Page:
News Article
ENOUGH IS ENOUGH! A March for Safer Roads in Los Angeles
All across the nation on the weekend of November 21st, groups gathered to honor and remember those lost to traffic violence. This day is called World Day of Remembrance for Road Traffic Victims. This day provides a platform for road traffic victims and their families to:
  • remember all people killed and seriously injured on the roads
  • acknowledge the crucial work of emergency services
  • draw attention to the generally trivial response to road deaths and injuries
  • advocate for better support for road traffic victims and families. (Contact SAFE if you need help or support through our SAFE Support program)
  • promote evidence-based actions to prevent and eventually stop further road deaths and injuries
SAFE came together for World Day of Remembrance on Saturday, November 20th to say ENOUGH IS ENOUGH with a March for Safer Streets Event. The event was put together by our Faith for Safer Streets Chapter led by Pastor Patricia Strong-Fargas, the Senior Pastor for Mt. Salem New Wave Christian Fellowship Church in South LA. Faith for Safer Streets is a coalition of faith leaders in the LA community who have come together to address the problem of increasing traffic violence in South LA. We were also joined by other representatives of community organizations in the LA area, such as Los Angeles Walks, the Los Angeles County Bicycle Coalition, Conor Lynch Foundation, SoCal Families for Safe Streets, Street Racing Kills and hundreds of community members focused on bringing attention to the epidemic of traffic violence in this community.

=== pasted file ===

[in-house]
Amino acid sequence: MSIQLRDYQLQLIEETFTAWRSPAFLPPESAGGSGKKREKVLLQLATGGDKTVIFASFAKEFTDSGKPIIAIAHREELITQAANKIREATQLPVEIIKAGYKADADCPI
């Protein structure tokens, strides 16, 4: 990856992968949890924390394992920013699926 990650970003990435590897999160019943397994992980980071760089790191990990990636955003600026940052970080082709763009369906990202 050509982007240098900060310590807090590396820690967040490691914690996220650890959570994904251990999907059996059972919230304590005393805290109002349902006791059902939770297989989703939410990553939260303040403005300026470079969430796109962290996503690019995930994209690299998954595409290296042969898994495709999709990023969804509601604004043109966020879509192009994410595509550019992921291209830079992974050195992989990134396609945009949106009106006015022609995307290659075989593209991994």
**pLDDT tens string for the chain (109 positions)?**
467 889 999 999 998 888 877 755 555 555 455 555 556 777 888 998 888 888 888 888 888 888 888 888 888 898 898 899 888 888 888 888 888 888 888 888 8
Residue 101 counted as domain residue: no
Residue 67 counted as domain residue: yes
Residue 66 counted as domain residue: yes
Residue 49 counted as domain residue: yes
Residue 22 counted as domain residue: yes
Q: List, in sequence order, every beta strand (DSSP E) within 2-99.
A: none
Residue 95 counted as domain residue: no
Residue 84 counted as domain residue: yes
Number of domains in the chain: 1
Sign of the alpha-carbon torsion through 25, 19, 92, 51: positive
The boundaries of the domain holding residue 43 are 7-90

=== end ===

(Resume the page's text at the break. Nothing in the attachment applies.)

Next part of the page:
With a staggering 63% increase in serious injuries and fatalities in South LA since 2019, these victims of traffic violence, faith leaders, members of the community, politicians, and civic leaders used their voices to say enough is enough on World Day of Remembrance. 

You can view all photos on our Facebook page. 

Did You Know?

Los Angeles is known as the deadliest major city in the US for traffic crashes and is the hit-and-run capital of the US -- an average of 48% of all collisions in LA are hit-and-runs -- South LA is the epicenter of this public health crisis. In 2020, despite a sharp decrease in the number of cars on the road due to the pandemic, South LA saw a 23% increase in serious injuries and fatalities. 

Issues such as speeding, distracted or impaired driving, and a lack of investment in safer road infrastructure to protect vulnerable road users like pedestrians and cyclists have resulted in a majority of the most dangerous in Los Angeles being clustered in South Los Angeles. These corridors, listed as part of the high injury network in the City of Los Angeles, include streets like Figueroa, Manchester, and Vermont, the very streets that we marched along that Saturday. It's time to say ENOUGH IS ENOUGH and fight for transportation equity and the end of the skyrocketing traffic violence. 

To hear more about this event, to get involved in the fight for safer streets, or find out other ways you can help, contact us at
Author: Dayna